Dr. Kasmintan Schrader received her medical degree from the University of Melbourne, and completed her residency in Medical Genetics and PhD in Pathology and Laboratory Medicine at the University of British Columbia. Her PhD work evolved to use next-generation sequencing to identify Mendelian disease genes. She was subsequently awarded a Canadian Institutes of Health Research Clinician-Scientist Training Award to pursue her interests in cancer susceptibility gene discovery at Memorial Sloan Kettering in New York. Dr. Schrader returned to British Columbia in 2014 to build the Familial Pancreatic Cancer Program and in 2016, became co-Medical Director of BC Cancer’s Hereditary Cancer Program. Dr. Schrader researches the molecular detection of known and novel cancer predisposition genes and investigates the utility of germline variation in overall cancer care and prevention; in order to harness precision oncology for the benefit of patients and families.
Alicia Scocchia is a board-certified genetic counsellor with a variety of experience working with clinicians and patients in the US and Canada. In her current role as Clinical Liaison at Blueprint Genetics, she helps to address the unique and complex genetic testing needs of clinicians and their patients, provides clinical and technical education, and leads clinical research efforts. Prior to joining Blueprint Genetics, she performed case analysis, variant interpretation, and report writing for a whole genome sequencing test for individuals with rare disease and supported product development of software tools aiding genomic services at Illumina Inc. She previously provided clinical genetic counselling in oncology, population health screening, and tele-genetic consultation settings based in the USA, and lead diagnostic assessment and cancer screening programs at the Thunder Bay Regional Health Sciences Center as part of the CancerCare Ontario portfolio. She currently teaches the research curriculum while providing thesis project coordination and mentorship for genetic counselling graduate students of the Augustana-Sanford Genetic Counseling Graduate Program and is serving a 3-year term as part of NSGC’s Abstract Working Group. She received a Master of Science in Human Genetics degree from Sarah Lawrence College and a Bachelor of Science in Forensic Science degree from Trent University.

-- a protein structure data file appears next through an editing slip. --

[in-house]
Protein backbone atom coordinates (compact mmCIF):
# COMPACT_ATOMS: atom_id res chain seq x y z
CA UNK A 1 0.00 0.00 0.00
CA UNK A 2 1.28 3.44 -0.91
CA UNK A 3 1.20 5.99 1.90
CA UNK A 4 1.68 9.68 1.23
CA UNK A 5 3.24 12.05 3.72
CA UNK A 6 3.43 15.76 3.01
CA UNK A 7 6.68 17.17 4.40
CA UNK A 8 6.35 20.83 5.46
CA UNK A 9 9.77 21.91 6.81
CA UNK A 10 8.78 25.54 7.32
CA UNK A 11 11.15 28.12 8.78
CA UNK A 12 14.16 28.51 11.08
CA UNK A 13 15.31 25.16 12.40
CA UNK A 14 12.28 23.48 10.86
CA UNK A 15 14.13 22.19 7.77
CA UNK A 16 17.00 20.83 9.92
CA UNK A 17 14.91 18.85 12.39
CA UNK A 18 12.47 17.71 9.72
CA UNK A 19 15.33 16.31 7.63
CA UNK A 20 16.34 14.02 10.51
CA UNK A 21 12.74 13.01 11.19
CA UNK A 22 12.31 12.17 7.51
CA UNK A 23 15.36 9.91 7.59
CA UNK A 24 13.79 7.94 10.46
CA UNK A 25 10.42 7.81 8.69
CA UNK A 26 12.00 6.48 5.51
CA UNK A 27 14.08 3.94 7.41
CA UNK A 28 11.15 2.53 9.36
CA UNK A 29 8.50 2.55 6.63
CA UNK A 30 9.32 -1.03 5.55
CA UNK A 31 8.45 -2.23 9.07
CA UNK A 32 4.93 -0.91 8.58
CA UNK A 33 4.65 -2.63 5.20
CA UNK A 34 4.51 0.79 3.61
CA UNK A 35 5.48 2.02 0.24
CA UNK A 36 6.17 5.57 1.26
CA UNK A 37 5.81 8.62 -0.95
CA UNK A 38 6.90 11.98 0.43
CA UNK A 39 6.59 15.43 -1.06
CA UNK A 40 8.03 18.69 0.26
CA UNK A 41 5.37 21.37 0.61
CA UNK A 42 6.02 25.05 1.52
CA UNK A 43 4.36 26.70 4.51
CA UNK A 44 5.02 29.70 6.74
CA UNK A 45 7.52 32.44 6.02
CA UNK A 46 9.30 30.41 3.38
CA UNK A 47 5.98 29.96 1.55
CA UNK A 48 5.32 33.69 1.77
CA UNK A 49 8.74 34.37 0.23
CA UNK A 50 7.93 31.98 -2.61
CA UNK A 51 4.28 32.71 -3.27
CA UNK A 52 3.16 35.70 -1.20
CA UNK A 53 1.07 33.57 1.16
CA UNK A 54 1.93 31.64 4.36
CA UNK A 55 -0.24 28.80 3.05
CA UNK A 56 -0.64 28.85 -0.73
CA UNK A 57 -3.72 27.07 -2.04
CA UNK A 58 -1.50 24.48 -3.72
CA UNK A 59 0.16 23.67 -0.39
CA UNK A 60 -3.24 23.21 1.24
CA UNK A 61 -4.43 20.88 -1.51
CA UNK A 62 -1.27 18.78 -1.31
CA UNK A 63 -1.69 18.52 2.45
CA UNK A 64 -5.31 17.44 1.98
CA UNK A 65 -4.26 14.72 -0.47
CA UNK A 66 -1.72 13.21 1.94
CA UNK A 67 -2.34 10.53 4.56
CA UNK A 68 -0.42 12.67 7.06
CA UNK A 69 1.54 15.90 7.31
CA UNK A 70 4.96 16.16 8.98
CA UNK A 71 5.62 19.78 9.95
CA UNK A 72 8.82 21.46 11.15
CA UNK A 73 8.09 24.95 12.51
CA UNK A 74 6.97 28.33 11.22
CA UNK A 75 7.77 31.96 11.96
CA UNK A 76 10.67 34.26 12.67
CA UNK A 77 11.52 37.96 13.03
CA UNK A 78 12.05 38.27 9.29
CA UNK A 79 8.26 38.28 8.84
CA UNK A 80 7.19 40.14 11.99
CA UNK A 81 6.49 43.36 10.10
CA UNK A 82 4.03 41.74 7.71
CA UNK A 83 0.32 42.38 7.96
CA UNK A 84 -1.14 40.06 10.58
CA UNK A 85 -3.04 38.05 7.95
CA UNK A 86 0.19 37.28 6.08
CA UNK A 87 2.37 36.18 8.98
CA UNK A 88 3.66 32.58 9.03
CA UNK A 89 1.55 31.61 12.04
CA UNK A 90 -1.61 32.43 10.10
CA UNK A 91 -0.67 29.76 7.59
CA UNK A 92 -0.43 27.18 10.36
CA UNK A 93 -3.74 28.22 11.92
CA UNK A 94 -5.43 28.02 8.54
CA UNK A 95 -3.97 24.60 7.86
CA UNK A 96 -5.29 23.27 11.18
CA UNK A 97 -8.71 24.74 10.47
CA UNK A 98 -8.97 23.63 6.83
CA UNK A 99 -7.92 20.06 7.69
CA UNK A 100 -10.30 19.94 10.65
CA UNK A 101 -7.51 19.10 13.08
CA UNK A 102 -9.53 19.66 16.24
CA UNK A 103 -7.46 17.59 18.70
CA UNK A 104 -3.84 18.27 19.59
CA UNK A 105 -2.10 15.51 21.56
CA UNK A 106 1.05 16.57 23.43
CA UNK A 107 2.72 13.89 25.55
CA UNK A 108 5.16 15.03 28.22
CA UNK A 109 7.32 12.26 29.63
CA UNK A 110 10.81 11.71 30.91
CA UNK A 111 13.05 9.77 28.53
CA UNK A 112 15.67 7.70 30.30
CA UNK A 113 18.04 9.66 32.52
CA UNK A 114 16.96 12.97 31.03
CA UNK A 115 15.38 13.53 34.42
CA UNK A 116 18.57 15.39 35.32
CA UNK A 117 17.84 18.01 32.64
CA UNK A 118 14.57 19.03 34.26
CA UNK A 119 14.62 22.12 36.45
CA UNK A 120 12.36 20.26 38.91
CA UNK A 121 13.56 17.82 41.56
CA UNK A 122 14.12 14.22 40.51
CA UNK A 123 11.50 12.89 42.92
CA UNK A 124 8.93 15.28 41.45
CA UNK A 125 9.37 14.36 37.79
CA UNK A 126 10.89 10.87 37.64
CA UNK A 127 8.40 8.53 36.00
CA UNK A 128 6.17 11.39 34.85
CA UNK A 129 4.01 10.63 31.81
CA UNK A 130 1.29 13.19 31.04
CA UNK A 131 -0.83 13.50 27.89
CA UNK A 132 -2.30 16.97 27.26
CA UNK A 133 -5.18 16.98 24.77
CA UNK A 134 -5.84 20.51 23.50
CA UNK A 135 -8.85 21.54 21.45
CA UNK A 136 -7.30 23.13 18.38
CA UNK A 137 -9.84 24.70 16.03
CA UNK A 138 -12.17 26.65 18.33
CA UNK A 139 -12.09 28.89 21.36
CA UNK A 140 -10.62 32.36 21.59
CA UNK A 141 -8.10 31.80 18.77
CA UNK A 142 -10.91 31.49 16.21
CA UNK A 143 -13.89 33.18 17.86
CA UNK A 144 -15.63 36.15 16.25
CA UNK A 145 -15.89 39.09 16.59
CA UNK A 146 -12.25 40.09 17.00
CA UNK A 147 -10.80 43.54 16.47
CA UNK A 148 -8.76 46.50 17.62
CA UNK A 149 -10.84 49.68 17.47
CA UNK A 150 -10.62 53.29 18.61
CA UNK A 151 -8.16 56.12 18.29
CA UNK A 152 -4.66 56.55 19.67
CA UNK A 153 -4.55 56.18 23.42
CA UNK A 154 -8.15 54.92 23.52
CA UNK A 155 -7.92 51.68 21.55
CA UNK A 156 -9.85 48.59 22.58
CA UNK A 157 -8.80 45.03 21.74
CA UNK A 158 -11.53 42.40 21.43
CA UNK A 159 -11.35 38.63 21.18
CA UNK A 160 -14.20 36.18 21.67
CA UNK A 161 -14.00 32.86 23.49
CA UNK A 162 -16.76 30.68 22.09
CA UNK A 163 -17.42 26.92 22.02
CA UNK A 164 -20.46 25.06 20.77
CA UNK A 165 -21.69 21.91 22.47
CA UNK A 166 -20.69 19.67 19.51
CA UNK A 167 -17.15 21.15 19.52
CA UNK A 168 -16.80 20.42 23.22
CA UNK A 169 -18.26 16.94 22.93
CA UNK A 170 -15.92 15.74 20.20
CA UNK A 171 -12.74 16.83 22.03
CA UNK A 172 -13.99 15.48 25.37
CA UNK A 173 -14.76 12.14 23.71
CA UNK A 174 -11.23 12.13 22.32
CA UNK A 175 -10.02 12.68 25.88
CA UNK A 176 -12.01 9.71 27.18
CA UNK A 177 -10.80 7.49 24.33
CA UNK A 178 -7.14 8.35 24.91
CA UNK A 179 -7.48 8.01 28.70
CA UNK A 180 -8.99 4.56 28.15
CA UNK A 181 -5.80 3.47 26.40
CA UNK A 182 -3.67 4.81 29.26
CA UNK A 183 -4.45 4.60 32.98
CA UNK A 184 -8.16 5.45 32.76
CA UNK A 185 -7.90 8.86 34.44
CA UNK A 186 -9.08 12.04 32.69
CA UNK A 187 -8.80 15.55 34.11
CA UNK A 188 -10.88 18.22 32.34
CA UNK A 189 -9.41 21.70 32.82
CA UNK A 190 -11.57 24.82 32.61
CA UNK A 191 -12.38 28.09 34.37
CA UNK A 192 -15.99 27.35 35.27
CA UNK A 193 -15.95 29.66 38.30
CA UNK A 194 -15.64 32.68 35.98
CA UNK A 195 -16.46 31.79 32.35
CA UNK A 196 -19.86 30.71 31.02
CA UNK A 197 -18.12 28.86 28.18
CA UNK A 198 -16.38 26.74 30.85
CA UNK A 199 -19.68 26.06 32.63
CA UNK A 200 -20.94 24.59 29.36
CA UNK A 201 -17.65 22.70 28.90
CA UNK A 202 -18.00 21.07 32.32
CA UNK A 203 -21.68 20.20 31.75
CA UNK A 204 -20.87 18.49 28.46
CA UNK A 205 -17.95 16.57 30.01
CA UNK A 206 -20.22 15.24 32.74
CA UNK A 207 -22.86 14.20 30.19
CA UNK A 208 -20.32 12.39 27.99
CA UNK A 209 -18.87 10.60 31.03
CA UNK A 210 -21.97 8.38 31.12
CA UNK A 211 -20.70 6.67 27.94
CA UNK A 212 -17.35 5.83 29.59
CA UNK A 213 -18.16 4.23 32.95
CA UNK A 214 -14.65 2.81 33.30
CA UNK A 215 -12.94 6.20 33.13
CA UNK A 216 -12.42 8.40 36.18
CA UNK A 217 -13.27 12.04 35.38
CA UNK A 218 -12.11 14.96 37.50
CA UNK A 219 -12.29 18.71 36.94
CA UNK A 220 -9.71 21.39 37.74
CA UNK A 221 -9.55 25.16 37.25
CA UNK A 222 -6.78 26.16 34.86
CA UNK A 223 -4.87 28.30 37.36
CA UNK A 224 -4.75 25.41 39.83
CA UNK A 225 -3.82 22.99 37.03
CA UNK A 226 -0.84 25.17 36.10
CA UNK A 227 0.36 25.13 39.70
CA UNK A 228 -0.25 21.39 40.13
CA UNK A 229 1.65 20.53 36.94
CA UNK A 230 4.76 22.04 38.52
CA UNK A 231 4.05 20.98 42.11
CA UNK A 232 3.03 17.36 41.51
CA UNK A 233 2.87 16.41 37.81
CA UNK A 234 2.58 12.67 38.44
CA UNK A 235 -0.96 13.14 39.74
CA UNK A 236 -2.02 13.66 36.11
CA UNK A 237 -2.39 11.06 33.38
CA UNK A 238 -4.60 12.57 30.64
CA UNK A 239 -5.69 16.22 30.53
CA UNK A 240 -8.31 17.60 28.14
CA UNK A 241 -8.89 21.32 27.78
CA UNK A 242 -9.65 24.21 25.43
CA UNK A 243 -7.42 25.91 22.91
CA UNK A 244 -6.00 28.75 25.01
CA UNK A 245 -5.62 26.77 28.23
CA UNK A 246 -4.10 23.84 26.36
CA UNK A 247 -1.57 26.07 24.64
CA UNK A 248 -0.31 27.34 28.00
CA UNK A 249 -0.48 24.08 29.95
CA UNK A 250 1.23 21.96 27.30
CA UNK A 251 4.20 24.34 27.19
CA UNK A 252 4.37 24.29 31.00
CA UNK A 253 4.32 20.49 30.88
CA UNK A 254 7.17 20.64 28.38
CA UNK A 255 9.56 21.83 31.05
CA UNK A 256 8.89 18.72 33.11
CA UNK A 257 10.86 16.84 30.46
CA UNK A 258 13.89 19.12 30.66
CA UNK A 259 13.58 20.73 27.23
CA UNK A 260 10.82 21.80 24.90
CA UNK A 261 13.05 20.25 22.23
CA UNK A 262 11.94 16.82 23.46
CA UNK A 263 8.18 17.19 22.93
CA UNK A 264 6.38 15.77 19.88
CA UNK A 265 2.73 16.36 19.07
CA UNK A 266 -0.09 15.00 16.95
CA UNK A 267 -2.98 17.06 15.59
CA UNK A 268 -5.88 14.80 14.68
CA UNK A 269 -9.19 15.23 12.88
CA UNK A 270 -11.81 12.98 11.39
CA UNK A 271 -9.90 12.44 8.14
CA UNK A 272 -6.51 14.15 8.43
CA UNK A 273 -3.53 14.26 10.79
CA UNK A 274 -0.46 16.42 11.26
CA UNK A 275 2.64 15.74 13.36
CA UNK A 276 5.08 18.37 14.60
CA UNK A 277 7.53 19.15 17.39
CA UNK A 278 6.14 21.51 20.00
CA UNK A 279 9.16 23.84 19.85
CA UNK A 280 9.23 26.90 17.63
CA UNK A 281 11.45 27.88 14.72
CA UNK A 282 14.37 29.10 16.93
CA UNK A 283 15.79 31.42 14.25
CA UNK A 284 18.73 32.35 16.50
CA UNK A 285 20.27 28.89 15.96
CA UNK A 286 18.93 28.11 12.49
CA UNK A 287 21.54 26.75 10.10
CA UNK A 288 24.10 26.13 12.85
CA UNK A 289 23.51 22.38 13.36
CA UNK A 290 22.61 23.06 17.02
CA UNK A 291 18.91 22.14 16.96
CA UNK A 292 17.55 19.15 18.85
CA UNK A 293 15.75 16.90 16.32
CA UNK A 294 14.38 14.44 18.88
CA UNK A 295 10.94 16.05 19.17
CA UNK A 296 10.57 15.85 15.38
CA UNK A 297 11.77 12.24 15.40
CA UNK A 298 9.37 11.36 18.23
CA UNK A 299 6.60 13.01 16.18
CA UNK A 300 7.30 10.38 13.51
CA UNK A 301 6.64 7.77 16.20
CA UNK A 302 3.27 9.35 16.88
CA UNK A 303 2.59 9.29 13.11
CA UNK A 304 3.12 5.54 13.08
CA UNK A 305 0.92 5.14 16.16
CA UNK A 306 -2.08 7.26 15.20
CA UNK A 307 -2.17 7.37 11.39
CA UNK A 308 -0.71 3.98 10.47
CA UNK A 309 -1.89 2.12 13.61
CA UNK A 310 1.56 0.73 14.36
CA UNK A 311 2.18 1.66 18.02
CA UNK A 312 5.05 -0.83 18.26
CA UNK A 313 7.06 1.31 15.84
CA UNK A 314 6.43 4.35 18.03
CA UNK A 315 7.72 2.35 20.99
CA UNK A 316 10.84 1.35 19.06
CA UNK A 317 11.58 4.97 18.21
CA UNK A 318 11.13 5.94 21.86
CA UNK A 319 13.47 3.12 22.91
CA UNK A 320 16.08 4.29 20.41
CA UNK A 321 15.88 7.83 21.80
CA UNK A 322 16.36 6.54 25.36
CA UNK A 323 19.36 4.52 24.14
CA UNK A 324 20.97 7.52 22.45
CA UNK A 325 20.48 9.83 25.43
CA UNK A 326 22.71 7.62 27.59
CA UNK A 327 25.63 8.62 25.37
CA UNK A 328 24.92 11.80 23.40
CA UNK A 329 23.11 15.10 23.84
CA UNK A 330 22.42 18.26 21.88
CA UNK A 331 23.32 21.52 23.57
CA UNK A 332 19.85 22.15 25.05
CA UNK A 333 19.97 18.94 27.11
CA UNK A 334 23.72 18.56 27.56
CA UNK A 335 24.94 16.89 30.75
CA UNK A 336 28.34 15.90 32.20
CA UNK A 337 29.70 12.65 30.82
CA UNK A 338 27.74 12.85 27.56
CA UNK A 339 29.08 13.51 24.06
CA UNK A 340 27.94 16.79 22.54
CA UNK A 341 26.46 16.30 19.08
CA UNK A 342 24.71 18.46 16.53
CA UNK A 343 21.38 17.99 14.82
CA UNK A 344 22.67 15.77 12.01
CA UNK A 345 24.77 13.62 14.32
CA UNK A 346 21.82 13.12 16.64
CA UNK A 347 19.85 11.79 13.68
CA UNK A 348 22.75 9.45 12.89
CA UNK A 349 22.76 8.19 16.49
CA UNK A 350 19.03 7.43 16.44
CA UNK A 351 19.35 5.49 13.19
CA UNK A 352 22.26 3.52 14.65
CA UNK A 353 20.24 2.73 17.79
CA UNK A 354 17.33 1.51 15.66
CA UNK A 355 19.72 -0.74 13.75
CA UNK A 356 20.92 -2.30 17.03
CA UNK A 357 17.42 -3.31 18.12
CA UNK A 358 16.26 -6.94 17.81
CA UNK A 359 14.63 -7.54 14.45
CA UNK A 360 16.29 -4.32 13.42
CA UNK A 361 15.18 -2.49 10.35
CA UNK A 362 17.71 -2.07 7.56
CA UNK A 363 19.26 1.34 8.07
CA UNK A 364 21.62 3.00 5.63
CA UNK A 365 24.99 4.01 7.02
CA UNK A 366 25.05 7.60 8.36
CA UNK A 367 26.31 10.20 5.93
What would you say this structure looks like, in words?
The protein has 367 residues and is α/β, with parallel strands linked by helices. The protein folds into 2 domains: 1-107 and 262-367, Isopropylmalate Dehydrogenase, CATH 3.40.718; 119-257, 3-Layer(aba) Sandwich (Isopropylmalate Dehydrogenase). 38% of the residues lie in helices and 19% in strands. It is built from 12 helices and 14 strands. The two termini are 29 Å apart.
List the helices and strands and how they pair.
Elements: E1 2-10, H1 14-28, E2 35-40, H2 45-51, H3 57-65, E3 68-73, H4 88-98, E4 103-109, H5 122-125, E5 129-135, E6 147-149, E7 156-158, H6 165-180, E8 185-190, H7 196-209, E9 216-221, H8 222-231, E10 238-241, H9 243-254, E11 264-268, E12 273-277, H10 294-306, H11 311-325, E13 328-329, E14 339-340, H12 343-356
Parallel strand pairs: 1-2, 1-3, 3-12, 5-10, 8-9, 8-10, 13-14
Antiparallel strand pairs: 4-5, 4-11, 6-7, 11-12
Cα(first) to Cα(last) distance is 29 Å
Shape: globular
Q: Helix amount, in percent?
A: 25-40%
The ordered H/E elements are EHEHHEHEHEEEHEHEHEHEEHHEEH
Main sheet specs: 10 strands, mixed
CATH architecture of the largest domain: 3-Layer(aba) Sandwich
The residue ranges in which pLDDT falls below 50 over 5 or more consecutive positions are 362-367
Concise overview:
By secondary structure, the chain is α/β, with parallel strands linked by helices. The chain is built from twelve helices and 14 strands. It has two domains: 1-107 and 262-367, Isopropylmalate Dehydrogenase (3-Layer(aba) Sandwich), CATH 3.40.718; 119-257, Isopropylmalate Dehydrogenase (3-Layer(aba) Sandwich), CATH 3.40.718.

Jenna is Program Co-Director for the UBC Master’s Program in Genetic Counselling (GCP) with primary responsibility for curriculum development and the directed studies research projects. Over the past 25 years Jenna has supervised over 70 genetic counselling students in clinical rotations and/or directed studies research projects. Professional contributions include the ABGC Certification Exam Committee, CAGC Professional Governance Committee, ACGC Board of Directors, ACGC Continued Competence Taskforce and the AGCPD Leadership Development Sub-Committee. Jenna’s clinical experience covers a broad range including clinical research, prenatal, pediatric, and adult predictive and pre-symptomatic genetic counselling. Since 1998 Jenna’s clinical focus has been cancer genetics first as a genetic counsellor and later as Provincial Clinical Coordinator for the Hereditary Cancer Program. Most recently, Jenna worked as a consultant to Genome BC as their Health Professionals Education Advisor with the ultimate goal of increasing the appropriate use of genomics in the BC health care system. Outside of work, Jenna will try to convince you to cycle commute and practice daily yoga.
Salma is a PhD Candidate and Genetic Counsellor in the Genomics Health Services and Policy Research Program at St. Michael’s Hospital. She completed her BSc in Life Sciences at the University of Toronto and a Master of Science in Human Genetics/Genetic Counseling from Sarah Lawrence College. She is currently working in Dr. Yvonne Bombard’s Lab where she provides counseling to research participants and is focused on research evaluating the adoption of genomic technologies into clinical practice.
Dawn Siciliano is a Canadian Certified Genetic Counsellor who has been practicing for 20 years. Dawn completed a BSc, Honours in Genetics, at the University of Manitoba and an MSc in Genetic Counselling at the University of British Columbia. She started her Genetic Counselling career at Xenon Genetics. She worked at the Provincial Medical Genetics Program at BC Children’s and Women’s Hospital, where she provided genetic counselling in prenatal, pediatric and adult genetics for 13 years. She continued on further refining her counselling skills as a Clinical Counsellor at BC Women’s Health Centre, where she counselled women on reproductive health issues. Dawn joined LifeLabs Genetics in August 2017.
Caitlin Slomp (she/her) is a certified genetic counsellor and Clinical Assistant Professor at UBC, with a BSc in Molecular Genetics from the University of Alberta and a MSc in Genetic Counselling from UBC. She works with the Translational Psychiatric Genetics Group in Vancouver, conducting research related to genetics, mental illness and outcomes of psychiatric genetic counselling. Caitlin runs a prospective, longitudinal cohort study on children’s mental health and is conducting several qualitative studies related to the provision of genetic services to patients in BC.